Part of the Krossanesfjall is the famous rock outcrop Eystrahorn (also called Austurhorn), on the other side of the wide bay of Lón the Vestrahorn (757 m). The Eystrahorn is also called Hvalnesfjall, because of the now abandoned farm Hvalnes at his foot. Both mountains are believed to be intrusions and consist of magma that slowly cooled below the Earth’s surface. At the same time, they probably formed the edge of a large caldera that filled the current bay of Lón.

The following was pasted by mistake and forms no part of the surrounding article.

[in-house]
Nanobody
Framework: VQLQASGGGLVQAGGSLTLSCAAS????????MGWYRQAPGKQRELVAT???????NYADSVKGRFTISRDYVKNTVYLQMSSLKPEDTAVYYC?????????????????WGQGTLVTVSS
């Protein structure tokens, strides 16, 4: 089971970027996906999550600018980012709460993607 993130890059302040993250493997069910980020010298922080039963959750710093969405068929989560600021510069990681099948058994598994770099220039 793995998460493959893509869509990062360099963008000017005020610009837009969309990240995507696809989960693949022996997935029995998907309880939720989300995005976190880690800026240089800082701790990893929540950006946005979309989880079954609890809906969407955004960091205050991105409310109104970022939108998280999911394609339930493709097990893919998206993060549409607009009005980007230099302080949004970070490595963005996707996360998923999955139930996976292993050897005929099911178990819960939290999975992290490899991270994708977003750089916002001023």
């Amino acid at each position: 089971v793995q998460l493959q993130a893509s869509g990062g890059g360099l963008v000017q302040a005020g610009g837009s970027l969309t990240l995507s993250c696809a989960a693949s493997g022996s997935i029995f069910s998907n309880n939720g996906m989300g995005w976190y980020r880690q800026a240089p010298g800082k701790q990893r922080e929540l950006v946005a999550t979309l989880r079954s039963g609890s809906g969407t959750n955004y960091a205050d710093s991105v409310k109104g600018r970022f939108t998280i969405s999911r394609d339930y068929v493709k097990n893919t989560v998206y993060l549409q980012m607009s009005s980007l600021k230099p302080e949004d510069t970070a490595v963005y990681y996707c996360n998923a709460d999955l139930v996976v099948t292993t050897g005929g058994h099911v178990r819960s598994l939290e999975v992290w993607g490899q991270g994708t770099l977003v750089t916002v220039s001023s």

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Both the Vestrahorn and the Eystrahorn consist of two different plutonic rocks: gabbro and granophyr. Today’s appearance is due to the peaks of erosion caused by glaciers, wind and water. And thanks to their special type of rock, Eystrahorn and Vestrahorn have more in common with mountains of the Alps than with basalt or rhyolite mountains common in Iceland.